The reconstruction of a full-thickness defect of the distal third of the nose requires the restoration of all three anatomical layers. A practical method for three-layer reconstruction of the lower third of the nose and the long-term results of this technique are presented herein. A combined reconstruction technique was utilized, including a reverse subcutaneous pedicled nasolabial flap to restore the nasal mucosa, an auricular cartilage graft for structural support, and a forehead flap for cutaneous coverage of the defect. This technique was applied in 21 patients following the full-thickness excision of basal cell carcinoma of the lower part of the nose. All patients (12 male and nine female; mean age 59.8 years) were treated successfully and were satisfied with the aesthetic and functional outcomes. The wound had to be further revised in three cases for the correction of contour or residual deformities; however, no further complications were experienced. One patient had a wound infection and the cartilage had to be removed. The grafting procedure was repeated successfully after resolution of the infection. Donor site morbidity was unremarkable. Combined flaps from the forehead and nasolabial regions with an incorporated auricular cartilage graft can be used to reconstruct full-thickness defects of the lower third of the nose.
The nasal ala is a common site for malignancies, especially for basal cell carcinoma (BCC). The local excision of a nasal tumour with the necessary safety margin may result in a full-thickness defect of the lower third of the nose. The reconstruction of a lower nasal third defect, including the nasal tip, presents a major challenge, as all three layers need to be reconstructed to restore form and function. Forehead and nasolabial flaps have been used in the reconstruction of the lower nasal third, especially of the nasal ala. Other reconstructive options include the muco-perichondrial flap from septum, free skin graft and oral mucosa for the inner lining, combined with a forehead flap as skin coverage. To restore a defect of the lower third of the nose properly, it is critical to focus on both function and aesthetics. All of the three missing anatomical layers should be replaced optimally: the thin nasal vestibule, the supportive cartilage, and the nasal skin. The provision of a reliable and sufficient nasal lining is considered the most challenging aspect of nasal reconstruction. Inadequate reconstruction of the nasal lining is complicated by contracture of the skin cover and does not allow the simultaneous placement of a cartilage graft for skeletal framework support.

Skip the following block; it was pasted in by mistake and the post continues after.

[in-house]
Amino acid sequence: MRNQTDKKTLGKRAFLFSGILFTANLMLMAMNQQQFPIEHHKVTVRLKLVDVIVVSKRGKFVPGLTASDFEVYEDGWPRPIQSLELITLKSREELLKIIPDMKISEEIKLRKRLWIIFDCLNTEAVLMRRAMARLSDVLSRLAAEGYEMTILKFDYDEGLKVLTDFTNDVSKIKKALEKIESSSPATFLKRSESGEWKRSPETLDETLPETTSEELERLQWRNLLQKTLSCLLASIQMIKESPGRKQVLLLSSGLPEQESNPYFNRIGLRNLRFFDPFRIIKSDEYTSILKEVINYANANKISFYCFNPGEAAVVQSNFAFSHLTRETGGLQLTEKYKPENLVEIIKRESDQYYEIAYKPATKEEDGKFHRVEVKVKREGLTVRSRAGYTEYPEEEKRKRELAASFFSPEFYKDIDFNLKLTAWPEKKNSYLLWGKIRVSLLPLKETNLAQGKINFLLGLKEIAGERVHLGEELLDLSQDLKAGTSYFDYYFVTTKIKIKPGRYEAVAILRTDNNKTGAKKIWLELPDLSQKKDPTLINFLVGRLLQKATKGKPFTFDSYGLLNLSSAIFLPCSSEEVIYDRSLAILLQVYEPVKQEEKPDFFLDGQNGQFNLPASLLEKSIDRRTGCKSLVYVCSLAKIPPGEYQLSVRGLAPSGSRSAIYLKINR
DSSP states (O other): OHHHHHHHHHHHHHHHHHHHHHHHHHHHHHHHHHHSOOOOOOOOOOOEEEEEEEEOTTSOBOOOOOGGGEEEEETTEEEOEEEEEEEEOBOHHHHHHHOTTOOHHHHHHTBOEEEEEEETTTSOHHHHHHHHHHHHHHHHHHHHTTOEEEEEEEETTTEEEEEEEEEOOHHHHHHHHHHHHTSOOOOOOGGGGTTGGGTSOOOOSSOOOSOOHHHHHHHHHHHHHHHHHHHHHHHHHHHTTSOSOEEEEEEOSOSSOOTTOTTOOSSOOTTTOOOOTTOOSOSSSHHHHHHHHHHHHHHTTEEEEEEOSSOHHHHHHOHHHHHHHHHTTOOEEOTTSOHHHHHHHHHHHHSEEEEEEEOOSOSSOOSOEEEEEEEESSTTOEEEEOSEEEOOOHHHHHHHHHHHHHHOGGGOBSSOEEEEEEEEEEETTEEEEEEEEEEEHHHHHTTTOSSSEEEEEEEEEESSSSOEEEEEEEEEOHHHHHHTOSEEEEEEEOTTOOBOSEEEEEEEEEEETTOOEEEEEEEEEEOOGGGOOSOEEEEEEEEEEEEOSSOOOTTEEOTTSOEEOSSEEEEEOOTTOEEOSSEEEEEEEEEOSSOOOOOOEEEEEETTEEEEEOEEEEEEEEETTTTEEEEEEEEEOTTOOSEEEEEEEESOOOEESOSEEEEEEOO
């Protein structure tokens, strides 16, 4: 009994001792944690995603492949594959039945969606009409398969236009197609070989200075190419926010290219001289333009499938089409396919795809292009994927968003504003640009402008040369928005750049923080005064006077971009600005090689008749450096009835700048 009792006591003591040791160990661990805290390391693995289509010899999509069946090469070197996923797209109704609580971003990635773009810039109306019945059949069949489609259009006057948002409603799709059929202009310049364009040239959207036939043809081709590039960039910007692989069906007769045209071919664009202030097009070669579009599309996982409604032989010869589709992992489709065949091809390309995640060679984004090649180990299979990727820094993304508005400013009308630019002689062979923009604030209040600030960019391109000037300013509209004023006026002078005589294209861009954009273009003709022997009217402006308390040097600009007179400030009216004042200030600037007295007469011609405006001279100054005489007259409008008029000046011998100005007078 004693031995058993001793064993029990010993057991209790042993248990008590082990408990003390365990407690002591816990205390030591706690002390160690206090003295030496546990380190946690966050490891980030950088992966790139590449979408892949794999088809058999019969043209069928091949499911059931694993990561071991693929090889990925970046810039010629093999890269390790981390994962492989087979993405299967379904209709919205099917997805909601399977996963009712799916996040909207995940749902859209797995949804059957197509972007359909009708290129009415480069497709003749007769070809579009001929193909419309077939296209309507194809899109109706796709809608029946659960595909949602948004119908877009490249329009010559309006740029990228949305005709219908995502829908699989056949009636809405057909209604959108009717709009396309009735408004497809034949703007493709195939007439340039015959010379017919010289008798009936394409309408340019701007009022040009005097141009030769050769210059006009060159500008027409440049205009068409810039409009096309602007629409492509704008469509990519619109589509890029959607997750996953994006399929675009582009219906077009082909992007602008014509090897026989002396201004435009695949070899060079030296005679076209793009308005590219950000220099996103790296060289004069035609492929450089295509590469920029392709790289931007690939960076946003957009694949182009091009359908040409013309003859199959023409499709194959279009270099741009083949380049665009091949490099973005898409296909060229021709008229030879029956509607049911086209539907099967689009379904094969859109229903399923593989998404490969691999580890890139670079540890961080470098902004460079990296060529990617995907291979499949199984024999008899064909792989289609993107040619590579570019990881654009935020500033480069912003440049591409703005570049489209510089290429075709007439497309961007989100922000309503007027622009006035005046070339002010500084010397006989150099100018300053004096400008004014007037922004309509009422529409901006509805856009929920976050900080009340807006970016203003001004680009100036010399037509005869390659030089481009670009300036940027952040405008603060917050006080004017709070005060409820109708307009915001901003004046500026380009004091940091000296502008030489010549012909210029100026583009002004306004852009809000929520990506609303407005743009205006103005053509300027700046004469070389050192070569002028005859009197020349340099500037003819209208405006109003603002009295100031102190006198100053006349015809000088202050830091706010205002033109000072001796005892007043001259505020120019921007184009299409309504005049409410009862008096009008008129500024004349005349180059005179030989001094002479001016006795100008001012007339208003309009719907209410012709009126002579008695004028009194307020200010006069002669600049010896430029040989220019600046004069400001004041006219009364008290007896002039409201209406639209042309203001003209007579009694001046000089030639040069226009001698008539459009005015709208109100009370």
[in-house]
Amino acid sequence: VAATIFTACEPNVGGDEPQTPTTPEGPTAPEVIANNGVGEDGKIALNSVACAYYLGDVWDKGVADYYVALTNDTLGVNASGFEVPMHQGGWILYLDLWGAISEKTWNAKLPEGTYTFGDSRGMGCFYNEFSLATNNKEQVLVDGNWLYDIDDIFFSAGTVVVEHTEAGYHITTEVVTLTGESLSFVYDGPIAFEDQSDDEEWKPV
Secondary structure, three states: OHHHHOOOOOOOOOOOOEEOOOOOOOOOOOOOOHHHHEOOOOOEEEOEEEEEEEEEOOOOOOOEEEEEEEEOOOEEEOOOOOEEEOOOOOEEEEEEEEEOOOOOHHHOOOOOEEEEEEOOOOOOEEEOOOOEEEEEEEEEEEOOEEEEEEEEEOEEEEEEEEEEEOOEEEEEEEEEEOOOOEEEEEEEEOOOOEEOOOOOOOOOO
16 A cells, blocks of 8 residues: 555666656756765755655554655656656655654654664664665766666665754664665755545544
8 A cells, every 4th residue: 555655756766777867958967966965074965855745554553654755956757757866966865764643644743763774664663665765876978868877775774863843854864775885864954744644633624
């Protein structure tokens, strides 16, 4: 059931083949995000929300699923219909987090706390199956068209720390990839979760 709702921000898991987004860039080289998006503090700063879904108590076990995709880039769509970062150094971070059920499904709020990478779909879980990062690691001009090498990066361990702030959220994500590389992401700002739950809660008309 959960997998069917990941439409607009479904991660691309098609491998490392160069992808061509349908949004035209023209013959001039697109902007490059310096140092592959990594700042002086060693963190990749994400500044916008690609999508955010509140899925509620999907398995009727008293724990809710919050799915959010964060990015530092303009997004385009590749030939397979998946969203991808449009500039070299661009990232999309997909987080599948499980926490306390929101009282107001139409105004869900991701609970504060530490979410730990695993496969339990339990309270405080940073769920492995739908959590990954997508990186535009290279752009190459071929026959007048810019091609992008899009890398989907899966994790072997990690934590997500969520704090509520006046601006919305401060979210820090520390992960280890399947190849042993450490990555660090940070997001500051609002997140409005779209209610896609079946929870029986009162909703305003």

The present authors have developed a method for the reconstruction of full-thickness defects of the distal third of the nose, using a combined forehead flap as skin cover, a subcutaneously pedicled reverse nasolabial flap as the nasal lining, and an auricular cartilage graft as the cartilaginous skeletal support. The technical feasibility and technical performance of this alternative approach, as well as its aesthetic and functional outcomes, are discussed herein.
This study was approved by the necessary institutional review board and all patients signed an informed consent agreement to participate in the study. Twenty-one patients have been treated for BCC of the lower third of the nose at the study institution since March 2010 ( Table 1 ). The surgical excision of the nasal ala included all three layers: the overlying skin coverage, the inner mucosal lining, and the interpositioning lateral crural cartilage. The patients were asked about the aesthetic outcome and any airway obstruction. Two surgeons evaluated the outcomes after more than 1 year.